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Published May 2015 | Supplemental Material + Published
Journal Article Open

Surface mass balance contributions to acceleration of Antarctic ice mass loss during 2003-2013


Recent observations from satellite gravimetry (the Gravity Recovery and Climate Experiment (GRACE) mission) suggest an acceleration of ice mass loss from the Antarctic Ice Sheet (AIS). The contribution of surface mass balance changes (due to variable precipitation) is compared with GRACE-derived mass loss acceleration by assessing the estimated contribution of snow mass from meteorological reanalysis data. We find that over much of the continent, the acceleration can be explained by precipitation anomalies. However, on the Antarctic Peninsula and other parts of West Antarctica, mass changes are not explained by precipitation and are likely associated with ice discharge rate increases. The total apparent GRACE acceleration over all of the AIS between 2003 and 2013 is −13.6 ± 7.2 Gt/yr^2. Of this total, we find that the surface mass balance component is −8.2 ± 2.0 Gt/yr^2. However, the GRACE estimate appears to contain errors arising from the atmospheric pressure fields used to remove air mass effects. The estimated acceleration error from this effect is about 9.8 ± 5.8 Gt/yr^2. Correcting for this yields an ice discharge acceleration of −15.1 ± 6.5 Gt/yr^2.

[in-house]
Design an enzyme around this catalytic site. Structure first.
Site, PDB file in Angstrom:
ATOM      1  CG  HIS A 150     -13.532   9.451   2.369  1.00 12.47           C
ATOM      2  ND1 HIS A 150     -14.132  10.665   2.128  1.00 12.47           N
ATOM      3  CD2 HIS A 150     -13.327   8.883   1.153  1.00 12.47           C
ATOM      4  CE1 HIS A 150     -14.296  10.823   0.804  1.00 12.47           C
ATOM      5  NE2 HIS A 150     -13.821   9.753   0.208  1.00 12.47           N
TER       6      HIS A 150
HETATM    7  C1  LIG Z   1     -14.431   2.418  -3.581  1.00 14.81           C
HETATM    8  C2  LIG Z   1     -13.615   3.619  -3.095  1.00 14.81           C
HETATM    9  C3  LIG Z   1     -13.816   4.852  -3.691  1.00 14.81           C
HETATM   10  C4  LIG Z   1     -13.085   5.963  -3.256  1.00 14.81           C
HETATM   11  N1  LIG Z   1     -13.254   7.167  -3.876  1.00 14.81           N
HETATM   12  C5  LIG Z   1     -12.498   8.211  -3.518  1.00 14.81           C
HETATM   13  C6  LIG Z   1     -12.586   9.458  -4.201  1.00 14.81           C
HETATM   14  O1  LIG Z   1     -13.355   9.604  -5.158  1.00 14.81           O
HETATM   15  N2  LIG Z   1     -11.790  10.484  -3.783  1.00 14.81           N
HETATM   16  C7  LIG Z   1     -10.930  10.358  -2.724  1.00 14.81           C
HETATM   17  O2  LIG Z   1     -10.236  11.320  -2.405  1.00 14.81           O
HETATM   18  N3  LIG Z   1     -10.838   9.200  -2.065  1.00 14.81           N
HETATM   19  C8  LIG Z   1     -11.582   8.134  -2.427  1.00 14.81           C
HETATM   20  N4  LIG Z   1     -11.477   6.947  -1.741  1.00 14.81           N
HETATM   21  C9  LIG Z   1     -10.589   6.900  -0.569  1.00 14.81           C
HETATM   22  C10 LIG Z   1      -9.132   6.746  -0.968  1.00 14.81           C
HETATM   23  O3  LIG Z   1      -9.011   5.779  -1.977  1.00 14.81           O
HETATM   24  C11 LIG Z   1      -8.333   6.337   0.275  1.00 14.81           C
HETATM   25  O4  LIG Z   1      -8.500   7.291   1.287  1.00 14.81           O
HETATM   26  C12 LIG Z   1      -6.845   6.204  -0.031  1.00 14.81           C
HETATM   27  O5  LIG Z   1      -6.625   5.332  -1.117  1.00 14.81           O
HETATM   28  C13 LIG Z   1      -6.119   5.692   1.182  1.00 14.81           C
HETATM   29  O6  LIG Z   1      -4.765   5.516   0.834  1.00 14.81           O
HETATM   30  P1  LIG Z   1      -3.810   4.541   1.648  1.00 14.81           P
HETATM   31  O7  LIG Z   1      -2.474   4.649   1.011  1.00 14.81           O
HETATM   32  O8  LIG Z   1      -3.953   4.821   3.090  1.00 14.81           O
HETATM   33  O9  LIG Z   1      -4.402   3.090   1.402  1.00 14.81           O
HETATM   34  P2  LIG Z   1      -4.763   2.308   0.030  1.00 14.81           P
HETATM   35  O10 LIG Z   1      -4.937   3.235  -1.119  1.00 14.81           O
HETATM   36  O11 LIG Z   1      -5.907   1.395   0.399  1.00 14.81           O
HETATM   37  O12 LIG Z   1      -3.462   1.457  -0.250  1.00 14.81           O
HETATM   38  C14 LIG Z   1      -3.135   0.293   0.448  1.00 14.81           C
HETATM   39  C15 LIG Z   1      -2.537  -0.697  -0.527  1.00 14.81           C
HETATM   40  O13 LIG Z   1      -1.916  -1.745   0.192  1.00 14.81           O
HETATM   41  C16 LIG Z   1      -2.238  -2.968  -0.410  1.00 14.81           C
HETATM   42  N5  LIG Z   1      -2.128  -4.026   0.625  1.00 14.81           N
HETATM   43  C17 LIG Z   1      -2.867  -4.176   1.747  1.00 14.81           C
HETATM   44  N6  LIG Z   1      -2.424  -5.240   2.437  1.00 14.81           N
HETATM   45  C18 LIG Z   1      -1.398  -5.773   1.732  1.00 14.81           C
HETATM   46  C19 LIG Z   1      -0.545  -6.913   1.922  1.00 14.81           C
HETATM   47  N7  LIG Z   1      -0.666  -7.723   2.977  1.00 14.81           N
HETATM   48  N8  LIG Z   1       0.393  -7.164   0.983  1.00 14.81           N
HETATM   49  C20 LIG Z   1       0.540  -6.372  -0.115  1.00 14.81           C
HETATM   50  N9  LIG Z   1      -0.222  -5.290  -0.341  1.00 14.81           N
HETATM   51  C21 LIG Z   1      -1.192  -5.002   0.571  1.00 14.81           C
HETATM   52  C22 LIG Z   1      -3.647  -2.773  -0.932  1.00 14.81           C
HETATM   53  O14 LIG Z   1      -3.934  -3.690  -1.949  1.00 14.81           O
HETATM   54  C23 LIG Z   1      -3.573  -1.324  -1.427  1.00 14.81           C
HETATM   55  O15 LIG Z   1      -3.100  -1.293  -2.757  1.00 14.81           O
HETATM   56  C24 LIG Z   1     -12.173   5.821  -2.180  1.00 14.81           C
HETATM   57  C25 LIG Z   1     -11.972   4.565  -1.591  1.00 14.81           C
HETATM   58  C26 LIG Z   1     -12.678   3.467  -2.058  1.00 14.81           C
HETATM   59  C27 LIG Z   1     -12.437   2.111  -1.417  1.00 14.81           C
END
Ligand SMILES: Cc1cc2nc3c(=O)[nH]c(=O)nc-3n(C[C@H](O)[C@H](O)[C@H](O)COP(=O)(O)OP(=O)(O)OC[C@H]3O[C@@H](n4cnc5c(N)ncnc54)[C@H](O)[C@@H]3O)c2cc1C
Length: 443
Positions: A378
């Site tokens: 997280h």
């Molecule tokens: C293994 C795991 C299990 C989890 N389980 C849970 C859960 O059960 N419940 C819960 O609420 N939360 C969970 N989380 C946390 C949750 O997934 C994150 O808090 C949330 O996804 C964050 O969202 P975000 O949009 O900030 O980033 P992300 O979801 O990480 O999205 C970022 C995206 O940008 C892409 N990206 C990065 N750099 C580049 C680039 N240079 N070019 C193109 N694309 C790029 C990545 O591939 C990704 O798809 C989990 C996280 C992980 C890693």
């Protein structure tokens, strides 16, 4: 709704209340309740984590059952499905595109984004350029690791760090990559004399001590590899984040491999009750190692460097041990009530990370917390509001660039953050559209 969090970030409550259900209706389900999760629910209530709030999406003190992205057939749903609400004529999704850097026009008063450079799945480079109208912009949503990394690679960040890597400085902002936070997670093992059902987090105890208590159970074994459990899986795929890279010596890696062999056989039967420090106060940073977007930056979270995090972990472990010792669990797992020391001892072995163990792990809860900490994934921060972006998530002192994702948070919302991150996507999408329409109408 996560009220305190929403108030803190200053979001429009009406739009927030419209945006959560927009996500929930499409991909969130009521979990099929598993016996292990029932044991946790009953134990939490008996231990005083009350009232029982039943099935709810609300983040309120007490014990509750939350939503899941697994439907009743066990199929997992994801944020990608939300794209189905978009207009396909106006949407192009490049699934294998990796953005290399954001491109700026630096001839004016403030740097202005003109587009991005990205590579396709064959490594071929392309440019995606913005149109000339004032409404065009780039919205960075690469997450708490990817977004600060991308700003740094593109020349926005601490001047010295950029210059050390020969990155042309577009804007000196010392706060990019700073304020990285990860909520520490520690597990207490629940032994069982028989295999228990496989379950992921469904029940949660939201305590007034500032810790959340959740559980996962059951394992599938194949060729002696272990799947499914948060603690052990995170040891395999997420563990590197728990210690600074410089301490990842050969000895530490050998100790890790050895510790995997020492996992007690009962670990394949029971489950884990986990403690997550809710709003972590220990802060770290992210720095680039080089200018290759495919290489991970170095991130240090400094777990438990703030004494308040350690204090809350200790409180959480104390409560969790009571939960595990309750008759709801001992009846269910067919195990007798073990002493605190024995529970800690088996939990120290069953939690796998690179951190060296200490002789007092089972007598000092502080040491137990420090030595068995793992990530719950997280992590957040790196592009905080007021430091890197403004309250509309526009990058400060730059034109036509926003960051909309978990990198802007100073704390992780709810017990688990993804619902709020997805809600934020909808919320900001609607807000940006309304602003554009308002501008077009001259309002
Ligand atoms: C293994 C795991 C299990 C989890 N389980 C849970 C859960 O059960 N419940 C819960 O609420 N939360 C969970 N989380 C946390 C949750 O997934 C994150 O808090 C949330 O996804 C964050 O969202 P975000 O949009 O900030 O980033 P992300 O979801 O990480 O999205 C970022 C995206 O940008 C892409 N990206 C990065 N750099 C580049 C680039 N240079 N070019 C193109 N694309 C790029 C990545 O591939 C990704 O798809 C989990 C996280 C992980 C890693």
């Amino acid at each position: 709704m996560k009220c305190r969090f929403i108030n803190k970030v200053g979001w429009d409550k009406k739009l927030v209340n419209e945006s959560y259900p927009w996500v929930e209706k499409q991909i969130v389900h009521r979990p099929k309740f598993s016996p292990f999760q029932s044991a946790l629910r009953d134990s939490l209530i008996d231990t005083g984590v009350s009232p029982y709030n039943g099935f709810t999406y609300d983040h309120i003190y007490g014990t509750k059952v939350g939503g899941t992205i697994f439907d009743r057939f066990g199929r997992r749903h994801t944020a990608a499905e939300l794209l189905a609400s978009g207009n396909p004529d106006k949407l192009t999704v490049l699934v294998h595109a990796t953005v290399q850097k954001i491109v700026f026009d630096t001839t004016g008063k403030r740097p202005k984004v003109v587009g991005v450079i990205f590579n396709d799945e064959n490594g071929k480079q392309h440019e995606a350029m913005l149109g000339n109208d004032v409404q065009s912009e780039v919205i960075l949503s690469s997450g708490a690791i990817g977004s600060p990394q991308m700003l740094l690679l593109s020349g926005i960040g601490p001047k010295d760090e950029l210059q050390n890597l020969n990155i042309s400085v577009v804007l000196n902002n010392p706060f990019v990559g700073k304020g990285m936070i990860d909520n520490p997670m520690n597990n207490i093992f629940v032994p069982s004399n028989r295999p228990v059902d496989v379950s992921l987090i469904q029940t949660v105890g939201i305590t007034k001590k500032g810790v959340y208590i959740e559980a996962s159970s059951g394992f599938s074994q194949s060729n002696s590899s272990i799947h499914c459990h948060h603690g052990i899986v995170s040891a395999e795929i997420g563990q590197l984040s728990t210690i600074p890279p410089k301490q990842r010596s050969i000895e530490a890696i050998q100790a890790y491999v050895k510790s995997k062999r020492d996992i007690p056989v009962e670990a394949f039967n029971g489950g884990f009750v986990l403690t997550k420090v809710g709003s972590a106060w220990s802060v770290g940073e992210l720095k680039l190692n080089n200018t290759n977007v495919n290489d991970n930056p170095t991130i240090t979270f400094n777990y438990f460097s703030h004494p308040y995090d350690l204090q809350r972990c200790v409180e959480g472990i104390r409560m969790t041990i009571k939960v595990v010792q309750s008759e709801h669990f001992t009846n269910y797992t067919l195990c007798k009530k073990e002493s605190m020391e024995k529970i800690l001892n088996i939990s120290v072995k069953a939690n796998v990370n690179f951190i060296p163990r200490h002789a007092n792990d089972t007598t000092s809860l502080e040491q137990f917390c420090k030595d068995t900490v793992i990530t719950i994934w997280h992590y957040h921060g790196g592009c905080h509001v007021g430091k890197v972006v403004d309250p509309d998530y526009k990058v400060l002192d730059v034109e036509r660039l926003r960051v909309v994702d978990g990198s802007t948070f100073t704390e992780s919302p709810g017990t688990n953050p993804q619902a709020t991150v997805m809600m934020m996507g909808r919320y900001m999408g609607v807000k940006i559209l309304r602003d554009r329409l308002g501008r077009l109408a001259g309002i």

Additional Information

©2015. The Authors. This is an open access article under the terms of the Creative Commons Attribution-NonCommercial-NoDerivs License, which permits use and distribution in any medium, provided the original work is properly cited, the use is non-commercial and no modifications or adaptations are made. Received 9 Nov 2014. Accepted 10 Apr 2015. Accepted article online 14 Apr 2015. Published online 12 May 2015. This work was supported by National Research Foundation grant NRF-2013R1A1A2008368 and Korea Polar Research Institute research grant PM14020. D.W. and B.T.'s contributions were carried out on behalf of the Jet Propulsion Laboratory, California Institute of Technology, under a contract with NASA. GRACE, ERA Interim, MERRA, and NCEP/DOE data are available from GRACE Tellus site (http://grace.jpl.nasa.gov), ECMWF data server (http://data-portal.ecmwf.int), Goddard Earth Sciences Data and Information Services Center (http://disc.sci.gsfc.nasa.gov), and Earth System Research Laboratory (http://www.esrl.noaa.gov), respectively. RACMO2.3 data are available upon request in Institute for Marine and Atmospheric Research Utrecht (http://www.projects.science.uu.nl/iceclimate/models/antarctica.php)

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